Secondly we handle people who are on 0.11 already. I see a couple of options:

  1. Make it possible to manually force run the date migrations, so people can run something like FORCE_MIGRATION=008 npm start, or DATE_MIGRATE=true npm start and fix their data.
  2. Automatically run the migration again (fixed) for anyone upgrading from 0.11.0 to 0.11.1.
  3. Do a third migration script and bump to 0.12

These all have different up/downsides. The first option is manual, which is just a bit rubbish when we've always done automatic migrations in the past. The second option is a bit of a hack which circumvents our versioning, however it will target only affected people. The third option is possibly the "right way" but also is going to be tricky, I think, to detect what state people are now in and guarantee correctness.

Therefore, I'm leaning towards 2. Fix the migration so that it always works then add an extra line to the bootup to detect anyone that's already on version 008, maybe check if their migration is correct and rerun the migration if not or else (if it's safe to run), run it anyway.

@ErisDS ErisDS reopened this Sep 29, 2016

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I would like to suggest something slightly different:
If the original date migration in 006 never ran for a user, then the settings.migrations key should not contain this value. This value is set at the end of the 006 migration.
Even if you have updated to 0.11 and 008 was not successful, it should not exist.

So i will re-write the 008 migration for 0.11.1 to check the values of settings.migrations and if 006 is not existent, we execute 006 again.
For all people who are already on 0.11, i will add a hard code a condition before the migration module boots. This condition looks like: if you are sqlite user and your settings.migrations values do not contain the 006 migration, update your database version to 007.

@ErisDS what do you think?

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kirrg001 commented Sep 29, 2016

I would like to suggest something slightly different:
If the original date migration in 006 never ran for a user, then the settings.migrations key should not contain this value. This value is set at the end of the 006 migration.
Even if you have updated to 0.11 and 008 was not successful, it should not exist.

So i will re-write the 008 migration for 0.11.1 to check the values of settings.migrations and if 006 is not existent, we execute 006 again.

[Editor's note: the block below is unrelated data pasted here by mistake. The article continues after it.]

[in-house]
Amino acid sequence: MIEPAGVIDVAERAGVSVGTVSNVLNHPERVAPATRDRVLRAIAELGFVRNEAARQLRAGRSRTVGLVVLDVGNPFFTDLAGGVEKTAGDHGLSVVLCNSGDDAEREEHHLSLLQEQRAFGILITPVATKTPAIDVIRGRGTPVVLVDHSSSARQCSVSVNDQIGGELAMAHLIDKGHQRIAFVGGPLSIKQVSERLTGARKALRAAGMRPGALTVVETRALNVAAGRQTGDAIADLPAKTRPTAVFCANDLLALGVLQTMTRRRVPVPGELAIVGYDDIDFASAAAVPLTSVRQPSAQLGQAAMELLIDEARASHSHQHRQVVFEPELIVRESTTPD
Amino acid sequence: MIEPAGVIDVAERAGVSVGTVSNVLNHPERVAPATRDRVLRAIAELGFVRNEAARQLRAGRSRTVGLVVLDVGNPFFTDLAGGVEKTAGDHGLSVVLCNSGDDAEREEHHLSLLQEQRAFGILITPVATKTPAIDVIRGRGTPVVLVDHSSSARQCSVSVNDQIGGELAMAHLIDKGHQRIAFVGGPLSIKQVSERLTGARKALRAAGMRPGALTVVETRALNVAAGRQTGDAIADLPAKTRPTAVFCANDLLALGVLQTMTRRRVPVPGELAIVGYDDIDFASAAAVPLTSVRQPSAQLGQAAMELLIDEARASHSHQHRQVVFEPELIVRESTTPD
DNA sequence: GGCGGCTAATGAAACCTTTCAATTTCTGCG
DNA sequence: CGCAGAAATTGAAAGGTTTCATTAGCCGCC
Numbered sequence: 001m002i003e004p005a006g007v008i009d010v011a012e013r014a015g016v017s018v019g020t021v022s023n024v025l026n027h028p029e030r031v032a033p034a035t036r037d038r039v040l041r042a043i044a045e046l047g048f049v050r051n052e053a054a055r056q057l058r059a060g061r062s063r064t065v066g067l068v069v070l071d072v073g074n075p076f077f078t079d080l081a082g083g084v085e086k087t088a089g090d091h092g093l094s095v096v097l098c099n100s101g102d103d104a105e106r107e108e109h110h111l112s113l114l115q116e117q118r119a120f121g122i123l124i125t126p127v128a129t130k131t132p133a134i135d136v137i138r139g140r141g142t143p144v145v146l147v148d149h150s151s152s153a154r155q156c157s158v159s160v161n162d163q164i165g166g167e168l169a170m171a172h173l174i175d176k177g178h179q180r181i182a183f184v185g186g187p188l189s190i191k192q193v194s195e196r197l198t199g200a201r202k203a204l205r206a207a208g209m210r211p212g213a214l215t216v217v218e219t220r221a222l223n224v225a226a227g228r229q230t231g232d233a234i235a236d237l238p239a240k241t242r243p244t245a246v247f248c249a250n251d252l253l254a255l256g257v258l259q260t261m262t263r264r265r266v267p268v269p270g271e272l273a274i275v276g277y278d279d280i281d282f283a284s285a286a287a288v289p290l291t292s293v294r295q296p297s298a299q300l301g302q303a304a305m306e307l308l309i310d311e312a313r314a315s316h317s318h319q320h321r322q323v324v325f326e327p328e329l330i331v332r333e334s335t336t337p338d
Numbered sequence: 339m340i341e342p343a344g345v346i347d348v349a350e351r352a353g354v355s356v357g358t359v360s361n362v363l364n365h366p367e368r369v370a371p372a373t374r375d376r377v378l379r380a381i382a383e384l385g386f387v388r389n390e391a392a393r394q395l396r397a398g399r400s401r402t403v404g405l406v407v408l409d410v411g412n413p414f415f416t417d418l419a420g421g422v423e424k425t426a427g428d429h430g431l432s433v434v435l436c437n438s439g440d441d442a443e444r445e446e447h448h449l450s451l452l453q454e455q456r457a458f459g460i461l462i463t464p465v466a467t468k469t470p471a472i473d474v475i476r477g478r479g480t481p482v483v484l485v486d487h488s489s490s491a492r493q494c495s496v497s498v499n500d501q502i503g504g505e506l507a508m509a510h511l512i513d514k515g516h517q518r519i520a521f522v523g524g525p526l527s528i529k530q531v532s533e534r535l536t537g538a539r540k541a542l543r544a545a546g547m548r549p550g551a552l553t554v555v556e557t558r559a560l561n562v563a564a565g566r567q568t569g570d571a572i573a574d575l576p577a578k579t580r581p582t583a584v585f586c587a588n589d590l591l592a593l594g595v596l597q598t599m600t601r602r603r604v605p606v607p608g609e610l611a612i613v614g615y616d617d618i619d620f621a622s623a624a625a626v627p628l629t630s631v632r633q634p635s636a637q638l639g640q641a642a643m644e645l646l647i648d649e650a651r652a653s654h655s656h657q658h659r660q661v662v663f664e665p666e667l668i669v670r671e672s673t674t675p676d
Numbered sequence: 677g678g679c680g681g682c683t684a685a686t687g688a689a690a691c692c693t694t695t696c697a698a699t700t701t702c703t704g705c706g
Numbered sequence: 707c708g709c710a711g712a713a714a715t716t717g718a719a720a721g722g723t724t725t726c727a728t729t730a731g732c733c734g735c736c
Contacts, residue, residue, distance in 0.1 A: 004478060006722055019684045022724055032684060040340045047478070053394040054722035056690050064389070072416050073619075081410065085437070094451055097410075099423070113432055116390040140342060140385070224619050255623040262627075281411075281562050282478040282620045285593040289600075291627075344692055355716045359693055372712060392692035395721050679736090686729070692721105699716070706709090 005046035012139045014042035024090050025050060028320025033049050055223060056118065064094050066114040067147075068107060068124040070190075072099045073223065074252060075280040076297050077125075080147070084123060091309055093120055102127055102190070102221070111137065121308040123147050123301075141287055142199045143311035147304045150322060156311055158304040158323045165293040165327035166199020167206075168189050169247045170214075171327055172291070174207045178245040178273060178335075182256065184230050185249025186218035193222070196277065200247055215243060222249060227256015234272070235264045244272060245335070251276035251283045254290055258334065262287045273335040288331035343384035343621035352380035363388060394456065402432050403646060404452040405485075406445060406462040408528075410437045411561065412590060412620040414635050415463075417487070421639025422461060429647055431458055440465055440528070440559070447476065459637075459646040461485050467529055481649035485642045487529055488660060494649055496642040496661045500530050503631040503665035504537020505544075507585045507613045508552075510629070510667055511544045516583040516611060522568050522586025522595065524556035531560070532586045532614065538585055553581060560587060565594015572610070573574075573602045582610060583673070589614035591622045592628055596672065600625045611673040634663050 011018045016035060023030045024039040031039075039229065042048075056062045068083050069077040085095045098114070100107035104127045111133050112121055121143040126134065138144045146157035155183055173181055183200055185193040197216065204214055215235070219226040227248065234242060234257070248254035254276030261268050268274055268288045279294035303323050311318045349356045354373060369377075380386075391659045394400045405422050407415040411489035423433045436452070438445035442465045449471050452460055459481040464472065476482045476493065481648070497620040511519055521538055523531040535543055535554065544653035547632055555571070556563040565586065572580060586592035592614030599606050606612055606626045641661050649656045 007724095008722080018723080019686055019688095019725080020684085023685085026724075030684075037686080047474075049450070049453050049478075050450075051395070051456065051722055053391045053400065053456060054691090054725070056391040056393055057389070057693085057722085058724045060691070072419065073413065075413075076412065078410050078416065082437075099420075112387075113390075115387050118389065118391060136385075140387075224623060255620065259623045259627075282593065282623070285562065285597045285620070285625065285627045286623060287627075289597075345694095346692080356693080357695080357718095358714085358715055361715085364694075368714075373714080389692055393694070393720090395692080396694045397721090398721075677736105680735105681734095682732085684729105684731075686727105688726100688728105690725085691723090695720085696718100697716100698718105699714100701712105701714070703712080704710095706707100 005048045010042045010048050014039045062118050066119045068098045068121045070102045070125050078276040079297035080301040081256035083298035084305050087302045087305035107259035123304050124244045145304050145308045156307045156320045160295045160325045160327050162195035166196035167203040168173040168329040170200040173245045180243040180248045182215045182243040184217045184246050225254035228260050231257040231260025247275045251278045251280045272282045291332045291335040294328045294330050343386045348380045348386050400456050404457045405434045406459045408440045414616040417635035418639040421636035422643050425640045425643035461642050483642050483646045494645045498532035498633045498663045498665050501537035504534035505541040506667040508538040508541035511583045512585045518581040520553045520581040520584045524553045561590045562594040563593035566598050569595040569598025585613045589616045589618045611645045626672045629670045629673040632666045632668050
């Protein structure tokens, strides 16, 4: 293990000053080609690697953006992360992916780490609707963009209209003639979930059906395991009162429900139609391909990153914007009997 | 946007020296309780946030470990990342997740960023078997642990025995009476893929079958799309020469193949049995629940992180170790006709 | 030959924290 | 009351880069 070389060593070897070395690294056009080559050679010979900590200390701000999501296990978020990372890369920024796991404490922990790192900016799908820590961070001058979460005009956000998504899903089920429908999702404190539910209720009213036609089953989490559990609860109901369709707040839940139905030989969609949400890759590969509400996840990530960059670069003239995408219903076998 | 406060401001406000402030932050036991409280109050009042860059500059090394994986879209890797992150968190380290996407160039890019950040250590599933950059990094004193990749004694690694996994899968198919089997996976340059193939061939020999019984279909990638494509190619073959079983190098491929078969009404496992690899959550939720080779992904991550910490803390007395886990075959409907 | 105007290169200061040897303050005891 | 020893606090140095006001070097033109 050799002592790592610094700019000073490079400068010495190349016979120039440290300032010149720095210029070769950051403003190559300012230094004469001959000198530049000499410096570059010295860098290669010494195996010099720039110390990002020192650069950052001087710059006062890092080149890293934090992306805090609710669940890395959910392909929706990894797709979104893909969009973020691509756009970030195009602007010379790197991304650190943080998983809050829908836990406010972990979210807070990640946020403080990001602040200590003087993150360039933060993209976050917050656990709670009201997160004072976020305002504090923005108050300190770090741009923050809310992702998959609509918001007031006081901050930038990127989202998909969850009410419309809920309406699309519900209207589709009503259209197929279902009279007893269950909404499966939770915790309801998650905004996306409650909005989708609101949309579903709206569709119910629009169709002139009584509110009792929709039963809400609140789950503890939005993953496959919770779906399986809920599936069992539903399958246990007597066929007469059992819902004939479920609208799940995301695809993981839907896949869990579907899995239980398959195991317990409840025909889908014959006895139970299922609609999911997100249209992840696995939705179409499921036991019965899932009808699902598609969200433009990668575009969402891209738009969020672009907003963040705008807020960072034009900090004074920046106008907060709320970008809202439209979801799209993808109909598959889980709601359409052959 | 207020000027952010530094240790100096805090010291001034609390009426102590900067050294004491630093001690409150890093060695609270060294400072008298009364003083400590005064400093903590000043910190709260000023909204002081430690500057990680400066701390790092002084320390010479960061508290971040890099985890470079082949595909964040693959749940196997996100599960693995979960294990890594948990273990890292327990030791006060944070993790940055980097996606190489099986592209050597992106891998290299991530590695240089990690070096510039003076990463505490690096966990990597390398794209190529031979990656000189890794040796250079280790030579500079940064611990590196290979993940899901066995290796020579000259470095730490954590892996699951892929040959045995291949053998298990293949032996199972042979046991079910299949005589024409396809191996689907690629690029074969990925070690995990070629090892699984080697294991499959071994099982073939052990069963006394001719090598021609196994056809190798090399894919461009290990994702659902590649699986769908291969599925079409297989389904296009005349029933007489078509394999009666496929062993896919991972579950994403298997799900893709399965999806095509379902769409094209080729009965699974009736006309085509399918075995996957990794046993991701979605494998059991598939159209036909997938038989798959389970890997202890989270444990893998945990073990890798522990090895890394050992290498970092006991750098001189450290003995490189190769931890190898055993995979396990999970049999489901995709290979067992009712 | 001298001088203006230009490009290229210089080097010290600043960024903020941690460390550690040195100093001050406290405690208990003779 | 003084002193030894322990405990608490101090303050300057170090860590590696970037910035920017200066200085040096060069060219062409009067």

For all people who are already on 0.11, i will add a hard code a condition before the migration module boots. This condition looks like: if you are sqlite user and your settings.migrations values do not contain the 006 migration, update your database version to 007.

@ErisDS what do you think?

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So i will re-write the 008 migration for 0.11.1

I assume by this you mean change the existing migration code?

This all sounds like a very good plan to me 👍

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ErisDS commented Sep 29, 2016

So i will re-write the 008 migration for 0.11.1

I assume by this you mean change the existing migration code?

This all sounds like a very good plan to me 👍

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I assume by this you mean change the existing migration code?

Exactly!

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kirrg001 commented Sep 29, 2016

I assume by this you mean change the existing migration code?

Exactly!

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Sounds perfect 😁

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ErisDS commented Sep 29, 2016

Sounds perfect 😁

kirrg001 added a commit to kirrg001/Ghost that referenced this issue Sep 29, 2016

🐛 optimise 008 date migration fixture
closes TryGhost#7351
- re-write the 008 date migration fixture to ensure 006 gets triggered if it never ran
- adapt tests

kirrg001 added a commit to kirrg001/Ghost that referenced this issue Sep 29, 2016